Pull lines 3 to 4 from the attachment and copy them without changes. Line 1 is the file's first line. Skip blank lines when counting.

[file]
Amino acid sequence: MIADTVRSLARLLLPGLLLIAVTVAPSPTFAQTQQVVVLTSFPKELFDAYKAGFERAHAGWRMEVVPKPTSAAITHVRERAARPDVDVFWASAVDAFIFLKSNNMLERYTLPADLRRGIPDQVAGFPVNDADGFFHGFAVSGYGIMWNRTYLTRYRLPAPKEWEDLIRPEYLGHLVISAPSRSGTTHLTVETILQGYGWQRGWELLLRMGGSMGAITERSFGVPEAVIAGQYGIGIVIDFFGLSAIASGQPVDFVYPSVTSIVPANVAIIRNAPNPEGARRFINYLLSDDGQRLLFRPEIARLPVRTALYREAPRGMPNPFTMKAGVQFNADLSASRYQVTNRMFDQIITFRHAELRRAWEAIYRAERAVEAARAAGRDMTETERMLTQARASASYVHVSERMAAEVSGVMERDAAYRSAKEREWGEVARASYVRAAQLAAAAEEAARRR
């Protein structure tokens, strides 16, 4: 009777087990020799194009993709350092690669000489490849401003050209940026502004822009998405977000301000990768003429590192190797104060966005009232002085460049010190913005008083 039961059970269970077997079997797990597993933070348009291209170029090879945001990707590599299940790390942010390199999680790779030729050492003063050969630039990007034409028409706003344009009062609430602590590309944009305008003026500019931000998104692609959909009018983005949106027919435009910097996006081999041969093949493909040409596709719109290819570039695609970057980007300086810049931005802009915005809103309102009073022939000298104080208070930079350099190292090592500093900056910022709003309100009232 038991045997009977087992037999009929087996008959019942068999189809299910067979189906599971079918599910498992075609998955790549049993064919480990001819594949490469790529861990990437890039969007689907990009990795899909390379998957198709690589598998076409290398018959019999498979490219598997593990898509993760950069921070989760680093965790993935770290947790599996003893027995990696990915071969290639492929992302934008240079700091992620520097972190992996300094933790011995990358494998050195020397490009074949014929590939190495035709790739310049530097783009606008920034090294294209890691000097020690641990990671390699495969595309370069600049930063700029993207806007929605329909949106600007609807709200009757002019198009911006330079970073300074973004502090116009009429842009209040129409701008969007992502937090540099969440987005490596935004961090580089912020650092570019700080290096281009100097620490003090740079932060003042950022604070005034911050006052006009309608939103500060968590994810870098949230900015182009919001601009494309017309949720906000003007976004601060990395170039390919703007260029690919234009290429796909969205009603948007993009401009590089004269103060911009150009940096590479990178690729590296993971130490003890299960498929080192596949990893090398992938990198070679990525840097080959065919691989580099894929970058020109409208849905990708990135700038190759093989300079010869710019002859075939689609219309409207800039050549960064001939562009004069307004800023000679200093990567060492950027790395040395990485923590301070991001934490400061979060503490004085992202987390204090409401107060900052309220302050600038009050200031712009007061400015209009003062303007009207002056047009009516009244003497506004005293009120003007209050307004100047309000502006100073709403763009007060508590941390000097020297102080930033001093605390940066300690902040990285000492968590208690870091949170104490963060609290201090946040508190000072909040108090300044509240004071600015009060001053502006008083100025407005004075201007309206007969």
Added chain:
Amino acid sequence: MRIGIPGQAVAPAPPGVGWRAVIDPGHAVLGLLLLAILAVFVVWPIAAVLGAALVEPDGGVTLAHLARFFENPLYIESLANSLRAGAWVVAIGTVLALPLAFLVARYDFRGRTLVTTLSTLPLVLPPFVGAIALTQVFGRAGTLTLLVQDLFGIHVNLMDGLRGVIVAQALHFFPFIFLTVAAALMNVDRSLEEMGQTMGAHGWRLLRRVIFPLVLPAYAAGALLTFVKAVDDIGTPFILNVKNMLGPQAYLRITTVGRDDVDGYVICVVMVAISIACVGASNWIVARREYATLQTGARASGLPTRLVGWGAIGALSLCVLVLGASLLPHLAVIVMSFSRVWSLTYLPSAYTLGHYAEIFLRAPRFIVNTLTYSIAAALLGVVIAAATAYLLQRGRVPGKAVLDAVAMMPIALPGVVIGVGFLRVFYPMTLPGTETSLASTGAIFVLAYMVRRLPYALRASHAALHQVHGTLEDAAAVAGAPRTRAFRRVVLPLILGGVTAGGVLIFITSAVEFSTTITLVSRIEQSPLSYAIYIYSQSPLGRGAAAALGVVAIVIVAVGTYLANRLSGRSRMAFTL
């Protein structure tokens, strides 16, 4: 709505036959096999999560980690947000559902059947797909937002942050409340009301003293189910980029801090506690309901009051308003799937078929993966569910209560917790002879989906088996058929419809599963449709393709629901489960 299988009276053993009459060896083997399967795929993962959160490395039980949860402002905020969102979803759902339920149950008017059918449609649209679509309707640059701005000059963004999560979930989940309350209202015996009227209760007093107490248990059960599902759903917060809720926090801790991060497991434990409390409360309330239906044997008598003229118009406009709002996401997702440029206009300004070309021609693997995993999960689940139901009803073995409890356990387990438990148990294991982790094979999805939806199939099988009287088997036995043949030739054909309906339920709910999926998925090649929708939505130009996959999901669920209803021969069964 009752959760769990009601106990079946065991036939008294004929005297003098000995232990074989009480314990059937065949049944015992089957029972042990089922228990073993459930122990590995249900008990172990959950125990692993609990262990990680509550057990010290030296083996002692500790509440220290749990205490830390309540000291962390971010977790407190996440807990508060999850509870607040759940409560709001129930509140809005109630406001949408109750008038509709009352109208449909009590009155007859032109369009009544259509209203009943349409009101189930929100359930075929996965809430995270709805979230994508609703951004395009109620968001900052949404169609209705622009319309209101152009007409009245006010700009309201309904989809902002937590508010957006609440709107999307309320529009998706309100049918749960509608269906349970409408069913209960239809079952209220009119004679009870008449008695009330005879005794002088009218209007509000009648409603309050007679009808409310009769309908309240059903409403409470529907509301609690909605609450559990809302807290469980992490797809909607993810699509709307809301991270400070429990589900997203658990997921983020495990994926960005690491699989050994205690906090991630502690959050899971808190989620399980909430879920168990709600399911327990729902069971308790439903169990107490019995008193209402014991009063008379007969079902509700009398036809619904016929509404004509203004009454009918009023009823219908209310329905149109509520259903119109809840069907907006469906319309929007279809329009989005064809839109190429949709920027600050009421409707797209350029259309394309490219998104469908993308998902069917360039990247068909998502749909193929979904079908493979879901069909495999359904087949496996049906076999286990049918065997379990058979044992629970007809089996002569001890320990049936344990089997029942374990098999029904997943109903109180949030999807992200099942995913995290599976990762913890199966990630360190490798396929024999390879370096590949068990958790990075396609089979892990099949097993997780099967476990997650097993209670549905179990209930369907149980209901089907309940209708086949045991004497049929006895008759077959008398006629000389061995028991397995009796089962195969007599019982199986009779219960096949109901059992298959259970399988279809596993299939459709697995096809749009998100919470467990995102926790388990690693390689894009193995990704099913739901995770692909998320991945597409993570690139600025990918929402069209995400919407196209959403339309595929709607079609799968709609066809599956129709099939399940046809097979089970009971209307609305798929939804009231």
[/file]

Added chain:
Amino acid sequence: MRIGIPGQAVAPAPPGVGWRAVIDPGHAVLGLLLLAILAVFVVWPIAAVLGAALVEPDGGVTLAHLARFFENPLYIESLANSLRAGAWVVAIGTVLALPLAFLVARYDFRGRTLVTTLSTLPLVLPPFVGAIALTQVFGRAGTLTLLVQDLFGIHVNLMDGLRGVIVAQALHFFPFIFLTVAAALMNVDRSLEEMGQTMGAHGWRLLRRVIFPLVLPAYAAGALLTFVKAVDDIGTPFILNVKNMLGPQAYLRITTVGRDDVDGYVICVVMVAISIACVGASNWIVARREYATLQTGARASGLPTRLVGWGAIGALSLCVLVLGASLLPHLAVIVMSFSRVWSLTYLPSAYTLGHYAEIFLRAPRFIVNTLTYSIAAALLGVVIAAATAYLLQRGRVPGKAVLDAVAMMPIALPGVVIGVGFLRVFYPMTLPGTETSLASTGAIFVLAYMVRRLPYALRASHAALHQVHGTLEDAAAVAGAPRTRAFRRVVLPLILGGVTAGGVLIFITSAVEFSTTITLVSRIEQSPLSYAIYIYSQSPLGRGAAAALGVVAIVIVAVGTYLANRLSGRSRMAFTL